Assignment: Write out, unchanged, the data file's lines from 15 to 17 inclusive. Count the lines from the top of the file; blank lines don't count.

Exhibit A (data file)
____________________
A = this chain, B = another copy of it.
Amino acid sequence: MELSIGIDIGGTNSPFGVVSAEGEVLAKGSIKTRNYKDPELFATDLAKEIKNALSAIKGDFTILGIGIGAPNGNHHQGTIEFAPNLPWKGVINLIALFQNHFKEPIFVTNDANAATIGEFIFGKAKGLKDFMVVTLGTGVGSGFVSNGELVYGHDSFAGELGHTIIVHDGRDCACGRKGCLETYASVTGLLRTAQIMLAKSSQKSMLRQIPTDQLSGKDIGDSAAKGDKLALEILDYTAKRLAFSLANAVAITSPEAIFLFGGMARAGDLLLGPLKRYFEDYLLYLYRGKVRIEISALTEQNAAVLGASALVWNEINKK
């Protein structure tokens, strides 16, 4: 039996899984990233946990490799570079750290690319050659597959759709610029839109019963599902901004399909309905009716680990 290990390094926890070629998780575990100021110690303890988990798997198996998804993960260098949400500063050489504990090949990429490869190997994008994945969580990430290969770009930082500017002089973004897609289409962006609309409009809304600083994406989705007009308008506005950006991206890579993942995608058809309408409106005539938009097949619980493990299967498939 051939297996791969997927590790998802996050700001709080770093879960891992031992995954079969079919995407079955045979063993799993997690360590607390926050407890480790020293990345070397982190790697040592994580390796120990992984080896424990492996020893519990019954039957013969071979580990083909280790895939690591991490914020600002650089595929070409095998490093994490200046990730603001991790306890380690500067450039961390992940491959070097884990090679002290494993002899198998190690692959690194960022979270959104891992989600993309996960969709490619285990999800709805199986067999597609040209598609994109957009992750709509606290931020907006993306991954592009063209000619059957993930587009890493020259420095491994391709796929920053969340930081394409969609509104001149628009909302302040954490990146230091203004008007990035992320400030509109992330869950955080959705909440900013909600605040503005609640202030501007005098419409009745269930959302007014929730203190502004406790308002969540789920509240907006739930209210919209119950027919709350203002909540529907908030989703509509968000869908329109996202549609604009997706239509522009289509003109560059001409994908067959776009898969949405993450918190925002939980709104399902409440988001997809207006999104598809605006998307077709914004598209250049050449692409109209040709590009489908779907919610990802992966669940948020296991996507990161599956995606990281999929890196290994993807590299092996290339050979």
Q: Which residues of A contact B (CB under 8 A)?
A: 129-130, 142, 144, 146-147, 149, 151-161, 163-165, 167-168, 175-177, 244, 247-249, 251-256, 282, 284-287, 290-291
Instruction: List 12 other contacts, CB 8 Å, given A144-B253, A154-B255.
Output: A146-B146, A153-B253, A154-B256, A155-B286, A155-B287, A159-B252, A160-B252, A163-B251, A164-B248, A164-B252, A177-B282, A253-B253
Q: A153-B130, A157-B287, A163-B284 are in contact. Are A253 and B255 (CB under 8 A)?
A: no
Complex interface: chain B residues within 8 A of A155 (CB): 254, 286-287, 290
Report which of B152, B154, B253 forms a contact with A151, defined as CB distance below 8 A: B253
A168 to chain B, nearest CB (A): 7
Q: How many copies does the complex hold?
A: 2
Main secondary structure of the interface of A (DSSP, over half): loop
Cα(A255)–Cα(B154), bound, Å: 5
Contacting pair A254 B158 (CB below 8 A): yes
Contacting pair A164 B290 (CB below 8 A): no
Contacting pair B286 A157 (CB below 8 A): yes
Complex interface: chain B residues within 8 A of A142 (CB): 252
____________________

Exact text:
Main secondary structure of the interface of A (DSSP, over half): loop
Cα(A255)–Cα(B154), bound, Å: 5
Contacting pair A254 B158 (CB below 8 A): yes